Oil higher, but on the track for weekly losses on supply problems


Oil futures increased at the start of Friday, but remained on track for weekly losses after data at the start of this week marked an unexpected leap in US crude inventories and a stronger dollar stressed concerns about the growth in demand.

and remained supporters on Friday as the United States and China prepared to resume commercial talks last week, although expectations for a turnaround remained low. West Texas Intermediary for delivery in September

CLU8, + 0.73%

on the New York mercantile exchange rose by 39 cents, or 0.6%, to $ 65.85 a barrel. The U.S. benchmark it was in line with a weekly drop of 2.6%.

The global benchmark, October Brent crude

LCOV8, + 0.74%

increased by 78 cents, equal to 1.1%, to $ 72.21 a barrel in the ICE Europe stock exchange. Brent is witnessing a weekly loss of 0.8%.

"The abrupt rise in US oil inventories was reported Wednesday by the US Department of Energy is continuing to push prices," wrote Eugen Weinberg, head of commodity research at Commerzbank, in a Note.

Traders are awaiting weekly data for the oil service company Baker Hughes, which is used as a guide for the direction of US crude production, later in the session.

an increase of 6.8 million barrels in US crude oil inventories, defying expectations of a decline of about 2.4 million barrels. Crude futures extended losses after data in Wednesday's session, joining a broader commodity route linked in part to strengthening the US dollar, leaving the WTI to finish at a minimum of 10 weeks and Brent to record his lower end from the beginning of April. Oil recovered on Thursday

Meanwhile, fears of wider damage to emerging markets following the currency crisis in Turkey also served to shake up commodity markets this week, led by a selloff for industrial metals. The ICE index of the US dollar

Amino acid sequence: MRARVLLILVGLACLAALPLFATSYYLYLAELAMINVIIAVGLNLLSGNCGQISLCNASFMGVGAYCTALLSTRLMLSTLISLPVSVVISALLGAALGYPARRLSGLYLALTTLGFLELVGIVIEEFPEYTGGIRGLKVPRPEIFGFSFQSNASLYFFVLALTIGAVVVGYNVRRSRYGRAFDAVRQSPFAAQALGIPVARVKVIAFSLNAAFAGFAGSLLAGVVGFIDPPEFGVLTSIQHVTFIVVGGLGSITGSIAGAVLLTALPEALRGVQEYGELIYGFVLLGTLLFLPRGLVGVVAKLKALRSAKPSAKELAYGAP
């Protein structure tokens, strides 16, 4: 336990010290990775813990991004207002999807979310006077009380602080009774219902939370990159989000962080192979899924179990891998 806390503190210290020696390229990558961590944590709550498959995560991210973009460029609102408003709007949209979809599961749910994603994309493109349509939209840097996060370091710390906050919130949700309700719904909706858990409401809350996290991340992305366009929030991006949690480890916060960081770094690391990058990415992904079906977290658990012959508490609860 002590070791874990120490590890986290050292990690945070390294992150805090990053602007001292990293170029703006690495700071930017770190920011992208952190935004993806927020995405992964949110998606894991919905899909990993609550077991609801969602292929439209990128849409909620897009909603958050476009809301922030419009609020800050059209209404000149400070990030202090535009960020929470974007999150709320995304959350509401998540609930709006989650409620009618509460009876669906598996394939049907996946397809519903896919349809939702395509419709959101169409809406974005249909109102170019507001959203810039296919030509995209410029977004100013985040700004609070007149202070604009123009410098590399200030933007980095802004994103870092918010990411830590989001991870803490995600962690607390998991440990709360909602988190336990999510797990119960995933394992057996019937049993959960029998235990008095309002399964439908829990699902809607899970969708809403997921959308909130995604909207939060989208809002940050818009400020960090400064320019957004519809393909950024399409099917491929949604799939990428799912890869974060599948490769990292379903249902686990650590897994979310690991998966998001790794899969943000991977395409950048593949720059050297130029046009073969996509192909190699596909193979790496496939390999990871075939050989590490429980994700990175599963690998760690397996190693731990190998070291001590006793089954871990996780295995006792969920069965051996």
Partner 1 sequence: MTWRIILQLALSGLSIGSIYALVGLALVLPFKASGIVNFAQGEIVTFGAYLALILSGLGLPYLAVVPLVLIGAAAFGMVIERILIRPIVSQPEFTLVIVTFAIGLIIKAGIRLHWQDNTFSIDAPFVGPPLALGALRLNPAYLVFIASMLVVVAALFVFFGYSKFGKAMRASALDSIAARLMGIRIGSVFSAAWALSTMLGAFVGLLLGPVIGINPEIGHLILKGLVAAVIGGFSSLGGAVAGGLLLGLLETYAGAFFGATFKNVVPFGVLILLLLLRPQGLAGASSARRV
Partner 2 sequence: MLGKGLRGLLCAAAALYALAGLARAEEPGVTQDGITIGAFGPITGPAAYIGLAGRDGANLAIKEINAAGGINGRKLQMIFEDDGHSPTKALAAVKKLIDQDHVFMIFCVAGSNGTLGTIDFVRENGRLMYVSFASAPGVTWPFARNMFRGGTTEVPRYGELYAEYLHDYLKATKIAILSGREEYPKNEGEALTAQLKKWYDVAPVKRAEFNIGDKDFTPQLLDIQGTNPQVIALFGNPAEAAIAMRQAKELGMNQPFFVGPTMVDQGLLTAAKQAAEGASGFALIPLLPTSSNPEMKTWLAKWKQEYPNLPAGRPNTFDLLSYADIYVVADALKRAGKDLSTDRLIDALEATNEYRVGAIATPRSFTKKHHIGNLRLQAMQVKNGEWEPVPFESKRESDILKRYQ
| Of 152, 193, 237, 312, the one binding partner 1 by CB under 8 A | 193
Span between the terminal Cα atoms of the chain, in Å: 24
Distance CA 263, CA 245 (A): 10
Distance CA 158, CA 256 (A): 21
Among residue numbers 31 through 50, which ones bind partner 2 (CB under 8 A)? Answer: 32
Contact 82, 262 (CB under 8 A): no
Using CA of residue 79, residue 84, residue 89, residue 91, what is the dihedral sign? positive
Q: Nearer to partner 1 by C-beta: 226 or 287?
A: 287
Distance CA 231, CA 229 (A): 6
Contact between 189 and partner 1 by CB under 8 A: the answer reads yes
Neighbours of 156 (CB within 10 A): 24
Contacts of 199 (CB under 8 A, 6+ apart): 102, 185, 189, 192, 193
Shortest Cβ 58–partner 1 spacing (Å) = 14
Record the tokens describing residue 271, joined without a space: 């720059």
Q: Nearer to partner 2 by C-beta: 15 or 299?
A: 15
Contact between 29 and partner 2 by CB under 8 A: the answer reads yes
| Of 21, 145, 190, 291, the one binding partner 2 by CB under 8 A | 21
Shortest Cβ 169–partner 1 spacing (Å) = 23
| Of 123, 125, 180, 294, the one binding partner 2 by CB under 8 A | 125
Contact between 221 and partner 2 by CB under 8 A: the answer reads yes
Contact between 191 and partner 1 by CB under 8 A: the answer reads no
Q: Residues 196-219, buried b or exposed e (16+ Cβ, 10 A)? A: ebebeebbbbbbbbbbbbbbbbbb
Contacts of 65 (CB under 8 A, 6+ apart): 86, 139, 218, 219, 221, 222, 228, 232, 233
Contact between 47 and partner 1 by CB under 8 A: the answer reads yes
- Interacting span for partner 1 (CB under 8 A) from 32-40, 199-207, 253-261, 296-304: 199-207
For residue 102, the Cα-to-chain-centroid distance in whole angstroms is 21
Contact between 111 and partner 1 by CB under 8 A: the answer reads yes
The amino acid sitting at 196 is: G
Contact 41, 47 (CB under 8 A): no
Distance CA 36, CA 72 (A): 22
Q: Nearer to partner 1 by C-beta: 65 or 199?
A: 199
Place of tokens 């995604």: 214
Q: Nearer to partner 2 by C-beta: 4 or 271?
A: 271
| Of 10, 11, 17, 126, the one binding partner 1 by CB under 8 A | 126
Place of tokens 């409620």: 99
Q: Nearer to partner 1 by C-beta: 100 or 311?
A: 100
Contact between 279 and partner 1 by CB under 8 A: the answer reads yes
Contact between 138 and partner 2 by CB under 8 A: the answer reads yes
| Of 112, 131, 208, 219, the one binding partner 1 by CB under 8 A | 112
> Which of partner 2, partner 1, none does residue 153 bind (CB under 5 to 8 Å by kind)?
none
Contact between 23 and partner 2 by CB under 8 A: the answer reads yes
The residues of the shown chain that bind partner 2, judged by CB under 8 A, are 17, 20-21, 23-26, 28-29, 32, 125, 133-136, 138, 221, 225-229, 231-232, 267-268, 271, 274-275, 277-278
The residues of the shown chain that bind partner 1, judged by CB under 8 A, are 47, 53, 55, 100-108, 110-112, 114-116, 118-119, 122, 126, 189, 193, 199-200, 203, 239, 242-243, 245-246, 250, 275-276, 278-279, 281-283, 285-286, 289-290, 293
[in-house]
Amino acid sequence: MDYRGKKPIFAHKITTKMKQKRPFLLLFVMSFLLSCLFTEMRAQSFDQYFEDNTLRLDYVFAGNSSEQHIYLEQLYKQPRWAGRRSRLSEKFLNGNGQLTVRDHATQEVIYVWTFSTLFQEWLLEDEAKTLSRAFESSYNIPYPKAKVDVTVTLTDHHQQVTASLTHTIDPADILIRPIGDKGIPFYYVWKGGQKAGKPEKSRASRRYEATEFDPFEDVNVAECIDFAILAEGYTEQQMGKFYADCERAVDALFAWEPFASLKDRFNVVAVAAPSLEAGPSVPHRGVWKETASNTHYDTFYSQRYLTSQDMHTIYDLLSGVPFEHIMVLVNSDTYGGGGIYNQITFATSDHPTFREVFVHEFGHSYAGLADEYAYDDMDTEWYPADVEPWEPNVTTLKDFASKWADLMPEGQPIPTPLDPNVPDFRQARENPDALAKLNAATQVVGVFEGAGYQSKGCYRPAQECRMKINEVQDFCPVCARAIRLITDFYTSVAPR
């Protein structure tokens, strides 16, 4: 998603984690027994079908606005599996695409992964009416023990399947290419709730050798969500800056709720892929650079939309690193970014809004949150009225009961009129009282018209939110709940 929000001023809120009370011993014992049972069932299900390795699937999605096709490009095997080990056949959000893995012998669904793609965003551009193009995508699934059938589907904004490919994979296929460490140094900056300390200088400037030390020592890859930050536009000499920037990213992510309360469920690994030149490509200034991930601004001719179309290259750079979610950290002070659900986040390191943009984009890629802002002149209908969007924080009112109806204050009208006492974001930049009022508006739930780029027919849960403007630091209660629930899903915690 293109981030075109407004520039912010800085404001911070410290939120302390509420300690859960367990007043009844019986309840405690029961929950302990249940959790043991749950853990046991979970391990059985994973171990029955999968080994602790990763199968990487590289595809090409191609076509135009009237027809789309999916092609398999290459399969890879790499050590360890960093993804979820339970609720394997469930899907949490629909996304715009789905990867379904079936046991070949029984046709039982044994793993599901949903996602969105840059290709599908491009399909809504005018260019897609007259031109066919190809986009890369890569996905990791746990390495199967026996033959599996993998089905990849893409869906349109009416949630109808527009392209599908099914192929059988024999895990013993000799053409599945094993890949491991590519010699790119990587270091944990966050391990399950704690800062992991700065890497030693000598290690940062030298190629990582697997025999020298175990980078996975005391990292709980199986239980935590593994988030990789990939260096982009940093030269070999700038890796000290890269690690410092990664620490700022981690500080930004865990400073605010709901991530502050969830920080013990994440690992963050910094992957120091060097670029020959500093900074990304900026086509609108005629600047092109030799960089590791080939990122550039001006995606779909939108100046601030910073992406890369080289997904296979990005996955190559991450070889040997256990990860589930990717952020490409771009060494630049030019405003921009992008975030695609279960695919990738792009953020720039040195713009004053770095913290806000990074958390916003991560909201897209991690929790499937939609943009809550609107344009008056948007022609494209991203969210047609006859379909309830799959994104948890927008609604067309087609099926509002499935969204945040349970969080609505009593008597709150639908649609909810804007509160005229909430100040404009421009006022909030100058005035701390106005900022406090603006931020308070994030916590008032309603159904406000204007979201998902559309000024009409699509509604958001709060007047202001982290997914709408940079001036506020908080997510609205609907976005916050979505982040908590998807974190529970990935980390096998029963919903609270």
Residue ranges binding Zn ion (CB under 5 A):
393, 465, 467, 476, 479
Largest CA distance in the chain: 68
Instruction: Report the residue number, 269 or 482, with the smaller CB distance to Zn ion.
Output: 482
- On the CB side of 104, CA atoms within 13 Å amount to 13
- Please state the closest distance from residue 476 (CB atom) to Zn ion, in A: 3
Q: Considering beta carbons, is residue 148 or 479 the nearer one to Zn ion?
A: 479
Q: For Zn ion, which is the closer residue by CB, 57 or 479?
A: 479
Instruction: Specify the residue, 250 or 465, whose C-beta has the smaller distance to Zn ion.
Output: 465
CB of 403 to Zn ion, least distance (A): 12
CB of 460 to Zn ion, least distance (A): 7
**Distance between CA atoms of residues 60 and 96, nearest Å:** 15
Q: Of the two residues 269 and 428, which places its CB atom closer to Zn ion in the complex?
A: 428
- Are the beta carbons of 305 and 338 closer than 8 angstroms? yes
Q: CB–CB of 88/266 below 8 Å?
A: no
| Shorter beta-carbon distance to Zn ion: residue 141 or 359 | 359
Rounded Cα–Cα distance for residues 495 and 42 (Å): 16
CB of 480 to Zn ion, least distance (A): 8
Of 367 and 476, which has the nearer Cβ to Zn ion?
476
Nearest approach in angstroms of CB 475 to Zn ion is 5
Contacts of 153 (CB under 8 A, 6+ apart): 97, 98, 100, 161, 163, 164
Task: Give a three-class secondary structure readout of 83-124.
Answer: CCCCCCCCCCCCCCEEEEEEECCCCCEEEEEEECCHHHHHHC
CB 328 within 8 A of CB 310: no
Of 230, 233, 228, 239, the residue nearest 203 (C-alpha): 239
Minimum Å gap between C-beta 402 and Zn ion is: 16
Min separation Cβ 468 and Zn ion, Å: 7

DXY, -0.36%

which measures the United States against a basket of six main rivals, reached a maximum of 14 months at the beginning of the week on demand related to paradise.

"The oil market has not been spared by macro-induced weakness, and while the [Wedneday’s] crude inventory countervalue did not help, concerns of a strengthening US dollar also created anxiety about the prospects for growth in demand of oil, "wrote analysts at RBC Capital Markets.

This is because a weakening of the domestic currency "creates problems for the main emerging countries in emerging markets such as India, where consumers are already paying close levels for retail petrol.The Indian rupee has fallen to its lowest historians this week, "they observed.

As a result, Brent prices have risen 55% in the last 12 months when denominated in the local currency, they said, while notional oil prices have increased by only 40%.

Weinberg said that concerns remain that the trade tensions between the United States and China, the two largest oil consumers in the world, could weigh on global demand. Meanwhile, on the supply front, crude oil production in Libya is set to return to over 1 million barrels a day for the first time since June, while production in the country's largest oil field returns to levels normal, Weinberg said, citing S & P Global Platts.

The temporary closure of four key oil terminals and the suspension of oil production in Sharara have seen Libyan oil production fall to less than 500,000 barrels a day, sometimes in the summer. That said, the experience of recent years suggests that repeated interruptions to the Libyan oil supply should be foreseen.

In other energy exchanges, September petrol

RBU8, + 0.21%

rose 0.5% to $ 1.9965 per gallon, while the September heating oil

HOU8, + 0.57%

rose by 1% to $ 2,1164 per gallon. September natural gas

NGU18, + 2.03%

rose 0.6% to $ 2.926 per million British thermal units.

Provide critical information for the US trading day. Subscribe to the free Need for Know newsletter from MarketWatch. Register here.

[ad_2]Source link